Paul McAuley is the author of more than twenty novels, several collections of short stories, a Doctor Who novella and a BFI Film Classic monograph on Terry Gilliam’s film Brazil. His fiction has won the Philip K Dick Memorial Award, the Arthur C. Clarke Award, the John W Campbell Memorial Award, the Sidewise Award, the British Fantasy Award, and the Theodore Sturgeon Memorial Award. His latest novels are Something Coming Through and Into Everywhere.


Paul J. McAuley has the following works available at Clarkesworld:


REPRINT FICTION by Paul McAuley in Issue 122 – November 2016

Margaret Henderson Wu was riding a proxy by telepresence deep inside Tigris Rift when Dzu Sho summoned her. The others in her crew had given up one by one and only she was left, descending slowly between rosy, smoothly rippled cliffs scarcely a hundred meters apart. These were pavements of the commonest vacuum organism, mosaics […]

The Fixer

FICTION by Paul McAuley in Issue 113 – February 2016

Day 190,843 after achieving orbit. The blue and white planet turns beneath me. Dawn is breaking across the Southern Archipelago. And in the bowls of five extinct volcanoes, on five neighboring islands at the western tip of the archipelago, alpha male hominins squat near burrow mouths and greet the rising sun with hoot-pant calls. I […]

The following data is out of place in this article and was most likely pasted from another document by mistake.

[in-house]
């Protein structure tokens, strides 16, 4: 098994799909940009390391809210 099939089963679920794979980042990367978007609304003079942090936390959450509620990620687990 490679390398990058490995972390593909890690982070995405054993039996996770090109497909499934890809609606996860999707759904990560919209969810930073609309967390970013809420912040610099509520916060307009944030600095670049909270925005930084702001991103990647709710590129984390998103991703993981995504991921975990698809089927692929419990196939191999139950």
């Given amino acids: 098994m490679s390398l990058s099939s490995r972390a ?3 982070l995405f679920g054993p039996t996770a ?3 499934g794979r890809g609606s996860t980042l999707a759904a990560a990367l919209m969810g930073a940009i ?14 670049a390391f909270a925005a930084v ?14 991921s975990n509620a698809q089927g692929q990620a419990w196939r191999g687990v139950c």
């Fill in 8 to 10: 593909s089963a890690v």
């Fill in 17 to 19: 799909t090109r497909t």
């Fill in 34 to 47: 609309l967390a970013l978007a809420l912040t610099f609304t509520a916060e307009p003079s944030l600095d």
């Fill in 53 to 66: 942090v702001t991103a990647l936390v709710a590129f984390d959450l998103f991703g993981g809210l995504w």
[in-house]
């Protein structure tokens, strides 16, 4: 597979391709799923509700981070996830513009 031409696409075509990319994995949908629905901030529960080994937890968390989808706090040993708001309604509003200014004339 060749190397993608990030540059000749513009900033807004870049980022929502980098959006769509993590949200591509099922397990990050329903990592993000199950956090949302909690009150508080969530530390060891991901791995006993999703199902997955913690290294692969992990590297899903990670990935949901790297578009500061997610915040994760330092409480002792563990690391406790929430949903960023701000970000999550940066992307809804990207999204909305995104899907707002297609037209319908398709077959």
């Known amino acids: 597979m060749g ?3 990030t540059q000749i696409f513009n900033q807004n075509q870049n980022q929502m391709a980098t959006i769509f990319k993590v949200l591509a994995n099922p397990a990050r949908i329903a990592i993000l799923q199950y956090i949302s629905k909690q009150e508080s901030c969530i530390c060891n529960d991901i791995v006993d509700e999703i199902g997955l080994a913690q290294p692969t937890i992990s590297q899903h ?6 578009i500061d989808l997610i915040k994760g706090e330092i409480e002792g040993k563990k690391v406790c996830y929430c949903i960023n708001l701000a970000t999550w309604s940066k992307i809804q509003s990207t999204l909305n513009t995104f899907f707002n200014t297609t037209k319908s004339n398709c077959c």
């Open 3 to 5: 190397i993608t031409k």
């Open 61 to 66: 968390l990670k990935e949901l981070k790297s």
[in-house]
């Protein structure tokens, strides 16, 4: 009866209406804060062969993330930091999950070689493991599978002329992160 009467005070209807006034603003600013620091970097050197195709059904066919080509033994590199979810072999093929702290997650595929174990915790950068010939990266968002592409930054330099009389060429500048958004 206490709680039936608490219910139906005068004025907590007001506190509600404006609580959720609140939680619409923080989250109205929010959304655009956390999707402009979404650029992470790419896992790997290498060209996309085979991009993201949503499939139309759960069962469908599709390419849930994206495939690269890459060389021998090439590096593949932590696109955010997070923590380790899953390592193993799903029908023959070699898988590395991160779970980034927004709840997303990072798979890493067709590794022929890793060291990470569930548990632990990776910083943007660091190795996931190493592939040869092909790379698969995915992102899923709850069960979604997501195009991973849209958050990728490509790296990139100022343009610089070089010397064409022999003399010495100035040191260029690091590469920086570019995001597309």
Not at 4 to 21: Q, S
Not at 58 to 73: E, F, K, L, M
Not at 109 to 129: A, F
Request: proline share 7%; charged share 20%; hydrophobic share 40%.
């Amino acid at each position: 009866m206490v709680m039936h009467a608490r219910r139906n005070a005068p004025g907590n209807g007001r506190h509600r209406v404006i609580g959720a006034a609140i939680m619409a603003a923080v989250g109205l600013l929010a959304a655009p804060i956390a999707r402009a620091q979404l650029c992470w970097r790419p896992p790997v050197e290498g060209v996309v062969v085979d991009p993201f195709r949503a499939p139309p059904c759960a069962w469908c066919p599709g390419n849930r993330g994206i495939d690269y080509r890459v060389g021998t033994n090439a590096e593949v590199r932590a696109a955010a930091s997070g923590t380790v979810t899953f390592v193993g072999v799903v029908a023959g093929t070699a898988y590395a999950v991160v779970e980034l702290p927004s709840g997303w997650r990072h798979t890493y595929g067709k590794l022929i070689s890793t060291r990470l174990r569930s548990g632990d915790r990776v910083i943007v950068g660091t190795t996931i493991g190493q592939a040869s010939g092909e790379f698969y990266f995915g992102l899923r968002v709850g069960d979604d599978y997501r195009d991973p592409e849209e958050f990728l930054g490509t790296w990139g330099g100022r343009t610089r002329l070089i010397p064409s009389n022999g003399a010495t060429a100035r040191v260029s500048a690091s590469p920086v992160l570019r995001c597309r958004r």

Dead Men Walking

REPRINT FICTION by Paul J. McAuley in Issue 81 – June 2013

I guess this is the end. I’m in no condition to attempt the climb down, and in any case I’m running out of air. The nearest emergency shelter is only five klicks away, but it might as well be on the far side of this little moon. I’m not expecting any kind of last-minute rescue, […]

All Of These Worlds Are Yours

NON-FICTION by Paul McAuley in Issue 36 – September 2009

On July 1 2004, seven years after its launch, the Cassini spacecraft crossed the plane of Saturn’s ring system. Its chunky body, wrapped in gold-colored Kapton insulation and crowned by the dish of its high-gain antennae, bristled with instrumentation; an independent instrument package, the Huygens probe, clung to it like a limpet. After falling through […]
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